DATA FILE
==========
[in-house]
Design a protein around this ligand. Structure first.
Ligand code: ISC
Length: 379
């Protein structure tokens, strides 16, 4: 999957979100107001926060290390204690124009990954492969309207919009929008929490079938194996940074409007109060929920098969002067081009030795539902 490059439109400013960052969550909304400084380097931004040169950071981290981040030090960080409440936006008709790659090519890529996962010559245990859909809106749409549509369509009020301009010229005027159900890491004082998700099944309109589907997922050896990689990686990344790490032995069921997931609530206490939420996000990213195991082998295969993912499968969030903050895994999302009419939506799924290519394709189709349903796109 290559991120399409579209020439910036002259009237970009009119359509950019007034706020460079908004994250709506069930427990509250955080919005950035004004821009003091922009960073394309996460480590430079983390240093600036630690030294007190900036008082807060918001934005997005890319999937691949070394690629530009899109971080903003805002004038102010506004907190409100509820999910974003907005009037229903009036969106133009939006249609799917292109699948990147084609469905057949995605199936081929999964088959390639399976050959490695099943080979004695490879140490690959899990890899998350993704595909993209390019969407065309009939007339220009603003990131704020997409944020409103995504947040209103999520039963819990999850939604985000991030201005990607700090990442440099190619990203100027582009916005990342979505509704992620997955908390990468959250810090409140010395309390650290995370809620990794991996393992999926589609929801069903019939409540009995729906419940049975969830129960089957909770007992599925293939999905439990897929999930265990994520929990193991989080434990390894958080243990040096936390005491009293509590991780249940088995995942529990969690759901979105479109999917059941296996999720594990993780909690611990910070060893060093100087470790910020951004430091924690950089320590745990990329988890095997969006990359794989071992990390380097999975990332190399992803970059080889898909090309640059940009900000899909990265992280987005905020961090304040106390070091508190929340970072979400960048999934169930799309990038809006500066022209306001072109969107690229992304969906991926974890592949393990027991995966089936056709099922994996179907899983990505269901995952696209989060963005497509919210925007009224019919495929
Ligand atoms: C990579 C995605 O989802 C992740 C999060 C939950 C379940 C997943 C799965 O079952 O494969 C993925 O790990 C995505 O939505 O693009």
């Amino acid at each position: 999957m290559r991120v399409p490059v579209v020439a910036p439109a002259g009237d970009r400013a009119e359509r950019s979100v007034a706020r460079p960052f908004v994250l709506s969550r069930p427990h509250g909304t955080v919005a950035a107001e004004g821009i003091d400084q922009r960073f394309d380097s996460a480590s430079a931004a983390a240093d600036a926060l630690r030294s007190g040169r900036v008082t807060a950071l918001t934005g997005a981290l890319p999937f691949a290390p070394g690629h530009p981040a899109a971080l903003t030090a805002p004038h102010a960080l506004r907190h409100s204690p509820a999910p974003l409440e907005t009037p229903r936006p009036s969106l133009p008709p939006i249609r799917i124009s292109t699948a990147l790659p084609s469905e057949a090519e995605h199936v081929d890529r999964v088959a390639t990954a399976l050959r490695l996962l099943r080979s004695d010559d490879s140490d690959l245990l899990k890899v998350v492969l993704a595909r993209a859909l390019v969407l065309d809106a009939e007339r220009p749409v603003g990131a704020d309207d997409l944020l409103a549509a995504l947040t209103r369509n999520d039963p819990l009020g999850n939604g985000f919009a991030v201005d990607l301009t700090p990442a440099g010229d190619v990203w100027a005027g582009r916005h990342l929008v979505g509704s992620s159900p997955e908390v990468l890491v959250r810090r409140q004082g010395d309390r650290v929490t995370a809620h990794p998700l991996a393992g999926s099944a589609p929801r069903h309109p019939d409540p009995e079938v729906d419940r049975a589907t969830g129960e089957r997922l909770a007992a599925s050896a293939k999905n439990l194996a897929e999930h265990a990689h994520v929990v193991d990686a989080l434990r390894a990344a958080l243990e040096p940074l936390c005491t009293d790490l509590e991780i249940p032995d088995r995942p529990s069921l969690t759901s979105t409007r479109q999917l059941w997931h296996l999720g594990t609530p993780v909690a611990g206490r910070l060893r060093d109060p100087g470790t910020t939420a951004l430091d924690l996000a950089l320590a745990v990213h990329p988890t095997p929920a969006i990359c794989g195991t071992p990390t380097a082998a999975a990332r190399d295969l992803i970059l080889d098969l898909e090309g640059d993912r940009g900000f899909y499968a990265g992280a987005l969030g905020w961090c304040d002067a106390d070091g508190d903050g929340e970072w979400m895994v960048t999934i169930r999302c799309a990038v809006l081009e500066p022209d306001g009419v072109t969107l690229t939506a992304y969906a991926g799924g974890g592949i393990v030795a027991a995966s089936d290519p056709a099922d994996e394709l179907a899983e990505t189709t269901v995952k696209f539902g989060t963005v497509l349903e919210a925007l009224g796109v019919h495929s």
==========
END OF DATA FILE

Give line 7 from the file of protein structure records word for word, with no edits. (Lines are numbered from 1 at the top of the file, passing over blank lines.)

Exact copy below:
């Amino acid at each position: 999957m290559r991120v399409p490059v579209v020439a910036p439109a002259g009237d970009r400013a009119e359509r950019s979100v007034a706020r460079p960052f908004v994250l709506s969550r069930p427990h509250g909304t955080v919005a950035a107001e004004g821009i003091d400084q922009r960073f394309d380097s996460a480590s430079a931004a983390a240093d600036a926060l630690r030294s007190g040169r900036v008082t807060a950071l918001t934005g997005a981290l890319p999937f691949a290390p070394g690629h530009p981040a899109a971080l903003t030090a805002p004038h102010a960080l506004r907190h409100s204690p509820a999910p974003l409440e907005t009037p229903r936006p009036s969106l133009p008709p939006i249609r799917i124009s292109t699948a990147l790659p084609s469905e057949a090519e995605h199936v081929d890529r999964v088959a390639t990954a399976l050959r490695l996962l099943r080979s004695d010559d490879s140490d690959l245990l899990k890899v998350v492969l993704a595909r993209a859909l390019v969407l065309d809106a009939e007339r220009p749409v603003g990131a704020d309207d997409l944020l409103a549509a995504l947040t209103r369509n999520d039963p819990l009020g999850n939604g985000f919009a991030v201005d990607l301009t700090p990442a440099g010229d190619v990203w100027a005027g582009r916005h990342l929008v979505g509704s992620s159900p997955e908390v990468l890491v959250r810090r409140q004082g010395d309390r650290v929490t995370a809620h990794p998700l991996a393992g999926s099944a589609p929801r069903h309109p019939d409540p009995e079938v729906d419940r049975a589907t969830g129960e089957r997922l909770a007992a599925s050896a293939k999905n439990l194996a897929e999930h265990a990689h994520v929990v193991d990686a989080l434990r390894a990344a958080l243990e040096p940074l936390c005491t009293d790490l509590e991780i249940p032995d088995r995942p529990s069921l969690t759901s979105t409007r479109q999917l059941w997931h296996l999720g594990t609530p993780v909690a611990g206490r910070l060893r060093d109060p100087g470790t910020t939420a951004l430091d924690l996000a950089l320590a745990v990213h990329p988890t095997p929920a969006i990359c794989g195991t071992p990390t380097a082998a999975a990332r190399d295969l992803i970059l080889d098969l898909e090309g640059d993912r940009g900000f899909y499968a990265g992280a987005l969030g905020w961090c304040d002067a106390d070091g508190d903050g929340e970072w979400m895994v960048t999934i169930r999302c799309a990038v809006l081009e500066p022209d306001g009419v072109t969107l690229t939506a992304y969906a991926g799924g974890g592949i393990v030795a027991a995966s089936d290519p056709a099922d994996e394709l179907a899983e990505t189709t269901v995952k696209f539902g989060t963005v497509l349903e919210a925007l009224g796109v019919h495929s």